Garden 2012

Soon after we bought the house, we noticed that our neighbor’s retaining wall was easing its way into the south side of our lot. We hired my cousin and his crew to dry-lay a wall in front of the retaining wall and turn it into a garden. We did this even before we put a new roof on. I know that because I see our old shingles (and, I suppose, our old kitchen porch) in the second photo.

Then we ignored it for four years while we worked on other, more urgent things.

Earlier this spring, I told Don that my goal for this summer was to get rid of the ivy in the north beds. Meanwhile, he was interviewing our neighborhood Master Gardeners about lasagna mulching and the high quality of compost available from Fayetteville.We started by layering the compost and newspapers (or cardboard) in the front yard by the front walk last fall or winter.

Next thing I knew, we were removing ivy from the north beds and the south beds, laying rock borders, and cleaning up the wall garden. We (Don) sheet mulched the various beds with six pickup loads of compost, and I don’t know how much mulch. It was a challenge to keep up with him – I hadn’t thought that far ahead about what I wanted to plant in all these new beds.

Ta-da! This is only about half the rock wall garden, but it’s what photographed well. The plan, so far as there is one, is to have yellows and oranges in this garden. E.g., yarrow and shasta daisies in the first frame. Also poinsettias I felt sorry for. Three yellow brugmansia and pink swamp milkweed from our same master gardeners are in there somewhere. Jerusalem artichokes and regular artichokes in the third frame, behind some fleabane.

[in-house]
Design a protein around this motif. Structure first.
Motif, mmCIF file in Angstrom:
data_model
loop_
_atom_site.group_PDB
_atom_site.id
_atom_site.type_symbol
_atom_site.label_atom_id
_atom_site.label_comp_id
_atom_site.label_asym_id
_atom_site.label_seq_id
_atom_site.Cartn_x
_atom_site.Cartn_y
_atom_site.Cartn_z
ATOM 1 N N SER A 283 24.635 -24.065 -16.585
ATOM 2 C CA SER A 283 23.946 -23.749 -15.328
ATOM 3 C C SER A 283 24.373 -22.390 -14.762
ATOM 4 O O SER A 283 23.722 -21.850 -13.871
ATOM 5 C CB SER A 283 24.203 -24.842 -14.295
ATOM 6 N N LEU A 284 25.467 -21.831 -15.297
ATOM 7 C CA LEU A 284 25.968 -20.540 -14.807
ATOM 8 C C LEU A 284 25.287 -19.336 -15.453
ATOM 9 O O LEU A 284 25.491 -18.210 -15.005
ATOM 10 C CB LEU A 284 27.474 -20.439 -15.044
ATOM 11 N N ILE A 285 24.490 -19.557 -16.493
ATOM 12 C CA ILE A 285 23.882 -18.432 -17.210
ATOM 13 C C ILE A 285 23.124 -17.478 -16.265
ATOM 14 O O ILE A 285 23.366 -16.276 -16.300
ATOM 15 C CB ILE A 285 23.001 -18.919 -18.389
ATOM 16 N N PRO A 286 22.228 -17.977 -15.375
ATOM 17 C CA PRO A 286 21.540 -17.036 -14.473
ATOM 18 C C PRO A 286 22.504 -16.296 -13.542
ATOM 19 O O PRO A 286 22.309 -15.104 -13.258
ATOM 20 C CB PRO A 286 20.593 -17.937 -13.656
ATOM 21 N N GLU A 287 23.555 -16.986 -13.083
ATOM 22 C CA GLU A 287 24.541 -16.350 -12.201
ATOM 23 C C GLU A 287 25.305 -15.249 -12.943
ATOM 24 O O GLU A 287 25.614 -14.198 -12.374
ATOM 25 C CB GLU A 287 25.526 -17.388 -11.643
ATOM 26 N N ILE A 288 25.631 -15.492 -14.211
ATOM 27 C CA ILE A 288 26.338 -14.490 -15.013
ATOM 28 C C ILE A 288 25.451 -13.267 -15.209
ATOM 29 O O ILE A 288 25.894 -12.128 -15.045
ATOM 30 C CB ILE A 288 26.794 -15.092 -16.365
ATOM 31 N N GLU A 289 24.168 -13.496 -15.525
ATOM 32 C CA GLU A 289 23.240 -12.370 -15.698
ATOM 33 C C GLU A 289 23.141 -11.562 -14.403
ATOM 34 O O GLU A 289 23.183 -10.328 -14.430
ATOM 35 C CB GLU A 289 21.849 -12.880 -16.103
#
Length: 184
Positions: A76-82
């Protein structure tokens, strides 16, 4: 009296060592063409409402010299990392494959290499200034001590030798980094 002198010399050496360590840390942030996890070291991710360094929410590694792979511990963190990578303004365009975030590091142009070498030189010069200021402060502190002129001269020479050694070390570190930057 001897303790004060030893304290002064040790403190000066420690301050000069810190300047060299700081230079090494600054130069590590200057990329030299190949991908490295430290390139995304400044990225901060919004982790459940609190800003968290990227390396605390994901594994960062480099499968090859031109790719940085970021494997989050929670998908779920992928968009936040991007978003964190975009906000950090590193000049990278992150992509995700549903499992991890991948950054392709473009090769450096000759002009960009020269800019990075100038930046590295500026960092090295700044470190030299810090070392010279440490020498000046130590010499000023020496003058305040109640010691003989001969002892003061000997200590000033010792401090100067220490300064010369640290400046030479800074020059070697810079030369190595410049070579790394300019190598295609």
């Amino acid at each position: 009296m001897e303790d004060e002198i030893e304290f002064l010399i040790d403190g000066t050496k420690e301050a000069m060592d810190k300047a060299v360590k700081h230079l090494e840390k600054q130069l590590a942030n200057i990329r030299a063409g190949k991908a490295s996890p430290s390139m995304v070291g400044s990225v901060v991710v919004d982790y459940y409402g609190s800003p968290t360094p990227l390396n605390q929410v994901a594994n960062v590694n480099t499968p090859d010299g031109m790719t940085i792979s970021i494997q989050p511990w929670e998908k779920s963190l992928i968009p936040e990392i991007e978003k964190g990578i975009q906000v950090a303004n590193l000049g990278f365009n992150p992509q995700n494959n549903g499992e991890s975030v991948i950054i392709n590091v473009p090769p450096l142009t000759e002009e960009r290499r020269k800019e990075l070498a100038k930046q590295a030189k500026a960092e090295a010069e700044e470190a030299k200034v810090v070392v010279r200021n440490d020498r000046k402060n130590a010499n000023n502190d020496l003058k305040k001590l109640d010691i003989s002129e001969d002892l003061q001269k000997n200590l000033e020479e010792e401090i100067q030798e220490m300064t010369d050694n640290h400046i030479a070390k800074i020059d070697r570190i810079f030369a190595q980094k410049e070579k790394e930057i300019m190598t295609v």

Further west, I have sweet potatoes and columbine and creeping phlox. And in the shady part past our rock patio, I planted 3 dozen ramps, 3 ostrich ferns, and one wild ginger. (I did plant some horseradish, but it seems not to have done a thing.) The ramps sprouted up, and have now receded, as I gather is their wont. I also have volunteer ferns and succulents in the rock wall crevices. Some perilla has shown up, too. I’m leaving it for now while I see how I like it.

However, the neighbors have ivy and Virginia creeper as groundcover, which keep creeping over their retaining wall and into my garden. And wild grape, too. I’ve gone into their yard (with permission) and pulled it further from our boundary, but it’s going to be an ongoing challenge. As cool as I thought this statue and ivy was when we bought the place … I really don’t want to garden with just ivy. I want some diversity.

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